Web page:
Personalization is the act of leveraging data and personal information to deliver individualized messages to prospects and current customers. As a marketing tool, it’s obviously not new; it’s been a driving force in promotion for years. However, millennials are changing the way we think about personalized marketing.

Personalization can be an effective method for drawing in and retaining millennials. This generation grew up in the digital age, curating its own content on social media platforms. They love DIY curation websites, where they can scour the web for ideas and contact a merchant to help them bring custom creations to life.

For millennials, personalized marketing can help drive loyalty and purchasing decisions. In fact, a survey by Access Development1 found only 12 percent of millennial respondents had an active dislike for marketing communications, which is unlike previous generations of buyers. An NPD Group survey2 showed that while older millennials use more loyalty apps and shop at big-box national retailers, younger millennials prefer specialty stores and buying wholesale.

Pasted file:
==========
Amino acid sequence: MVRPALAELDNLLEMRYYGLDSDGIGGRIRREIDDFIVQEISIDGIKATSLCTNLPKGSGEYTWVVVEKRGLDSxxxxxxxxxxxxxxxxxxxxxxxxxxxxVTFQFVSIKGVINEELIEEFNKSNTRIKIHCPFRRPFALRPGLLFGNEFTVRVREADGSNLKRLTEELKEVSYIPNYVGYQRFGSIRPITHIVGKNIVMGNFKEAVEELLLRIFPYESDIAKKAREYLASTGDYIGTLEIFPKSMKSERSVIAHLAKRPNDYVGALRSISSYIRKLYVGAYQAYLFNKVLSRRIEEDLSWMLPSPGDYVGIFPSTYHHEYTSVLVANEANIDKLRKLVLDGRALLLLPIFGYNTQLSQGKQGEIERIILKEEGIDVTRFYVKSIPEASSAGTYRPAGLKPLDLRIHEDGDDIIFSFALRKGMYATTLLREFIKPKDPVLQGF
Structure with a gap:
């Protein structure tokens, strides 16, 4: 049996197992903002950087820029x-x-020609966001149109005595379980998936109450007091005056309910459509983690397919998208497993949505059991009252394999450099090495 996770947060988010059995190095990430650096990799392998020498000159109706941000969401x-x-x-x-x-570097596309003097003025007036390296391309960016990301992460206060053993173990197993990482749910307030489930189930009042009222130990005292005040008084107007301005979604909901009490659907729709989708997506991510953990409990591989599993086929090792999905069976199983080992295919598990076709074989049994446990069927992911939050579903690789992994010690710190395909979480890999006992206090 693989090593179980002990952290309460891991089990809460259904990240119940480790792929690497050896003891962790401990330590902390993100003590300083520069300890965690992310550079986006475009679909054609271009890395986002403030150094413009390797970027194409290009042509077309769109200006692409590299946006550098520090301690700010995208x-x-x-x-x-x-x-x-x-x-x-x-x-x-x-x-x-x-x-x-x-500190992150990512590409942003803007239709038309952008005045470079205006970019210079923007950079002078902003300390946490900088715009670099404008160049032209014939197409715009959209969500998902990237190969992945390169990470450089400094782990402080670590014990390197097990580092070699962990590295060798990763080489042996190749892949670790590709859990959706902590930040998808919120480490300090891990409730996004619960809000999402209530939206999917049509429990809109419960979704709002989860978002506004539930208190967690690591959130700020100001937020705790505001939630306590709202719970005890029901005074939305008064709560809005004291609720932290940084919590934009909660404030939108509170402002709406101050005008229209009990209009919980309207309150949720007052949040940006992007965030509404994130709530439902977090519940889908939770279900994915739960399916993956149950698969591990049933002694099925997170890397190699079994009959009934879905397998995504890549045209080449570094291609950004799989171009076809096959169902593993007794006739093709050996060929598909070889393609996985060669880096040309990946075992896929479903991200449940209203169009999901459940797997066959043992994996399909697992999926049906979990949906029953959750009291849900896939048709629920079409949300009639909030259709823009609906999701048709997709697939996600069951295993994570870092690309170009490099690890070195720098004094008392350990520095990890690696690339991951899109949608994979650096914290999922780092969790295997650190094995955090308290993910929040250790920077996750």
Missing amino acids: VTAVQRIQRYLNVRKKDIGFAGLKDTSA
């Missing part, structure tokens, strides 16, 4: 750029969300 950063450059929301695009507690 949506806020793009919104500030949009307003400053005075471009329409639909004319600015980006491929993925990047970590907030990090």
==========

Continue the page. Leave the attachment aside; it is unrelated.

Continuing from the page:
Millennials are also more open to giving out personal information—especially if they get something in return. According to research from Aimia3, half of millennials would share personal details to join a rewards program, while 36 percent of millennials would do so to gain access to a website.

whypersonalizationmayhelpyouwinwithmillennials_inarticleimage_11-7

The information age makes personalization even more personal. It seems a fair trade-off; if someone offers a business their personal info, the business should use it with care and specificity. Here’s what marketers should keep in mind to meet millennials where they are—and where they’d like to be:

Market with Personalization in Mind